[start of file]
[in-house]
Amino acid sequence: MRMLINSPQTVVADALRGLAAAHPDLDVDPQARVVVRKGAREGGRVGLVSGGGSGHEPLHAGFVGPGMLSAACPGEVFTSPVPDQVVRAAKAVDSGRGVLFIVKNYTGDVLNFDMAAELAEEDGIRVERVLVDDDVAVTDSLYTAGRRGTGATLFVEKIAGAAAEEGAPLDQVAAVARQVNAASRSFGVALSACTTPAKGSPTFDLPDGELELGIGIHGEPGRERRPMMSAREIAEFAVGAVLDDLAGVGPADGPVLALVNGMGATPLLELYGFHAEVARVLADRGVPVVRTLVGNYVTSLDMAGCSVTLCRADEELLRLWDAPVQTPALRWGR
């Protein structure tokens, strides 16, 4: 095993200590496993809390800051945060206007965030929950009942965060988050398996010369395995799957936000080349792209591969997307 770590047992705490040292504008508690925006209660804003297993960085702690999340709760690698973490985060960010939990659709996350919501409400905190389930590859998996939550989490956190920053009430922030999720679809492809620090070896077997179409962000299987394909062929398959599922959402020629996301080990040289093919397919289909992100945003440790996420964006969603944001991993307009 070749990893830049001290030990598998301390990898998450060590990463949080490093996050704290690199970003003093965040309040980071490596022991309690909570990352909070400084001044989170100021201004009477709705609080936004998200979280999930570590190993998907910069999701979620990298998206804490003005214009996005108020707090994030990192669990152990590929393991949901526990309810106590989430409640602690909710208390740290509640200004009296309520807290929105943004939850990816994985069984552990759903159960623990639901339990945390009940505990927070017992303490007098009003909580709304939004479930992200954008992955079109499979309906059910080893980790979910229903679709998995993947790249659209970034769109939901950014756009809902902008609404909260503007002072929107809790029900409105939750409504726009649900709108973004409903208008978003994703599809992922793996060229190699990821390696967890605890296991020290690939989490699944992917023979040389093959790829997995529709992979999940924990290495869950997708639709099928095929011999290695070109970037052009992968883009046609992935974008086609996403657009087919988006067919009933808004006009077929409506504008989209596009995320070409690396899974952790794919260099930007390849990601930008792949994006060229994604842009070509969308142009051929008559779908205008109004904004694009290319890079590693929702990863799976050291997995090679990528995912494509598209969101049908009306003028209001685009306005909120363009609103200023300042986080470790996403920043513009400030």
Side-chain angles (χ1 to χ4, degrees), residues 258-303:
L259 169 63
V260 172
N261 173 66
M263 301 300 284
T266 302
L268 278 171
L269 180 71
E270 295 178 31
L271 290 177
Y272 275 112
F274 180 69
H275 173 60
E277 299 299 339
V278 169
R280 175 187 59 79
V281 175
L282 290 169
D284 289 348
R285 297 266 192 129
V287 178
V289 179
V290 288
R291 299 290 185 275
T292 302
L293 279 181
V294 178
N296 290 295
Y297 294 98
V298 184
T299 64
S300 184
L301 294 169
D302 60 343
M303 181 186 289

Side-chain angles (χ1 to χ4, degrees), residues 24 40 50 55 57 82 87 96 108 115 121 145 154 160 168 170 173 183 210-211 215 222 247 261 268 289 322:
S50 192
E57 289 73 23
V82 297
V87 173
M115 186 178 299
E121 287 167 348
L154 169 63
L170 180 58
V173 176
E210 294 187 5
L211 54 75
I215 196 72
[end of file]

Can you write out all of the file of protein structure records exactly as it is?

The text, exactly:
[in-house]
Amino acid sequence: MRMLINSPQTVVADALRGLAAAHPDLDVDPQARVVVRKGAREGGRVGLVSGGGSGHEPLHAGFVGPGMLSAACPGEVFTSPVPDQVVRAAKAVDSGRGVLFIVKNYTGDVLNFDMAAELAEEDGIRVERVLVDDDVAVTDSLYTAGRRGTGATLFVEKIAGAAAEEGAPLDQVAAVARQVNAASRSFGVALSACTTPAKGSPTFDLPDGELELGIGIHGEPGRERRPMMSAREIAEFAVGAVLDDLAGVGPADGPVLALVNGMGATPLLELYGFHAEVARVLADRGVPVVRTLVGNYVTSLDMAGCSVTLCRADEELLRLWDAPVQTPALRWGR
């Protein structure tokens, strides 16, 4: 095993200590496993809390800051945060206007965030929950009942965060988050398996010369395995799957936000080349792209591969997307 770590047992705490040292504008508690925006209660804003297993960085702690999340709760690698973490985060960010939990659709996350919501409400905190389930590859998996939550989490956190920053009430922030999720679809492809620090070896077997179409962000299987394909062929398959599922959402020629996301080990040289093919397919289909992100945003440790996420964006969603944001991993307009 070749990893830049001290030990598998301390990898998450060590990463949080490093996050704290690199970003003093965040309040980071490596022991309690909570990352909070400084001044989170100021201004009477709705609080936004998200979280999930570590190993998907910069999701979620990298998206804490003005214009996005108020707090994030990192669990152990590929393991949901526990309810106590989430409640602690909710208390740290509640200004009296309520807290929105943004939850990816994985069984552990759903159960623990639901339990945390009940505990927070017992303490007098009003909580709304939004479930992200954008992955079109499979309906059910080893980790979910229903679709998995993947790249659209970034769109939901950014756009809902902008609404909260503007002072929107809790029900409105939750409504726009649900709108973004409903208008978003994703599809992922793996060229190699990821390696967890605890296991020290690939989490699944992917023979040389093959790829997995529709992979999940924990290495869950997708639709099928095929011999290695070109970037052009992968883009046609992935974008086609996403657009087919988006067919009933808004006009077929409506504008989209596009995320070409690396899974952790794919260099930007390849990601930008792949994006060229994604842009070509969308142009051929008559779908205008109004904004694009290319890079590693929702990863799976050291997995090679990528995912494509598209969101049908009306003028209001685009306005909120363009609103200023300042986080470790996403920043513009400030």
Side-chain angles (χ1 to χ4, degrees), residues 258-303:
L259 169 63
V260 172
N261 173 66
M263 301 300 284
T266 302
L268 278 171
L269 180 71
E270 295 178 31
L271 290 177
Y272 275 112
F274 180 69
H275 173 60
E277 299 299 339
V278 169
R280 175 187 59 79
V281 175
L282 290 169
D284 289 348
R285 297 266 192 129
V287 178
V289 179
V290 288
R291 299 290 185 275
T292 302
L293 279 181
V294 178
N296 290 295
Y297 294 98
V298 184
T299 64
S300 184
L301 294 169
D302 60 343
M303 181 186 289

Side-chain angles (χ1 to χ4, degrees), residues 24 40 50 55 57 82 87 96 108 115 121 145 154 160 168 170 173 183 210-211 215 222 247 261 268 289 322:
S50 192
E57 289 73 23
V82 297
V87 173
M115 186 178 299
E121 287 167 348
L154 169 63
L170 180 58
V173 176
E210 294 187 5
L211 54 75
I215 196 72